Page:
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  • Aji

    Just wondering how people put aji into their kata/waza

    I know some people use counting, or just think of jo ha kyu in each movement

    Personally i try and look at the riai of the technique, and feel its rhythm that way.
    Counting doesnt work for me, so i try and find the different tones that make the 'music, of the kata...

    But my knowledge of iai is small, so i am sure such a rhythm will change as i understand the kata more.
    I can either make a technique flow constantly or put stops in, but to do both at the right moments is difficult.

    It's easy enough to follow another persons timing and rhythm, but is it then your own? We are all different after all...

  • #2
    Aji is not something you deliberately try to put in, it is something that might naturally develop as you train. It requires all the things that we think we need to study like johakyu and kankyu kyojaku, but what really matters is believing in your kasso tekki. If you can do that, then your movements will become realistic. BUt, and it is a big but, you mustn't look as though you are trying to fight. If your kata looks like a fight then you have missed the point, it should be controlled, controlling and in control, while dealing sharply and decisively with the enemy when, and only when, it is necessary to move. When you develop some of these aspects then aji will become apparent.

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    • #3
      Aji as in flavor (味)?

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      • #4
        yup, aji as in flavour

        thanks for the comments Peter

        I find it much easier to have a tekki in jikiden than in seitei gata

        as for 'having a fight', is that not what it is about?
        Indeed a 'fight' where we are sure to win (otherwise we would not choose to begin the kata)
        And every battle is about controlling the enemy so they do what you need them to do in order to 'win'...

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        • #5
          yes.

          In this context is is an analogy with adding that little bit of spice or seasoning to food that lifts it out of the ordinary and makes people take notice.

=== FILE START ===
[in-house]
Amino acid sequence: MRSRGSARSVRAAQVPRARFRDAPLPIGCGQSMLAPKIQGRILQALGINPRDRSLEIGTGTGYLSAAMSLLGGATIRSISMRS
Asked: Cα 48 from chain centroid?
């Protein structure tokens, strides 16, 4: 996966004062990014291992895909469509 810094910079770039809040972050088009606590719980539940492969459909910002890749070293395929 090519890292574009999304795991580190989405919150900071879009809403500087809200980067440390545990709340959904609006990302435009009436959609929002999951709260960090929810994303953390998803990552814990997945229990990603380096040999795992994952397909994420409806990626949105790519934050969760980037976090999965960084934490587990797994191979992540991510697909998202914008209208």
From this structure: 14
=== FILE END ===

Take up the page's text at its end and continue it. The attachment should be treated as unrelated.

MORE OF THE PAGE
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          • #6
            How does one do it in seitei without it looking 'too koryu'?

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            • #7
              I don't know what you mean. Seitei and koryu are only different in small details of sword path and so on. Timing and feeling of Omori Ryu and Seitei are almost identical. There is too much of a deal made about this, with people wanting Omori ryu to be more "real" and thinking Seitei is in some way "artificial". They are both artificial, but the internal feeling you are trying to develop is equally real in both.

              And no, it's not about "having a fight", it's about dealing with an enemy in the simplest most economical manner possible, and as an art form it is also about controlling your posture and emotions. Maintain jiku, shisei, zanshin etc. Having a fight is something quite different.

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              • #8
                When I was in Japan doing my training for a yondan shinsa at a dojo who many of my Brit friends will know and love. I was told by Sensei that my shape was okay, but I now had to introduce "fighting". This concept was hammered into me over the two weeks there. Now whether this was inexact translation, I am not sure. But Sensei would wander through the dojo observing and repeating "fighting" I used the word combined with closely watching the demonstrated examples to base my interpretation. The "fighting" was the constant instruction and theme throughout the visit.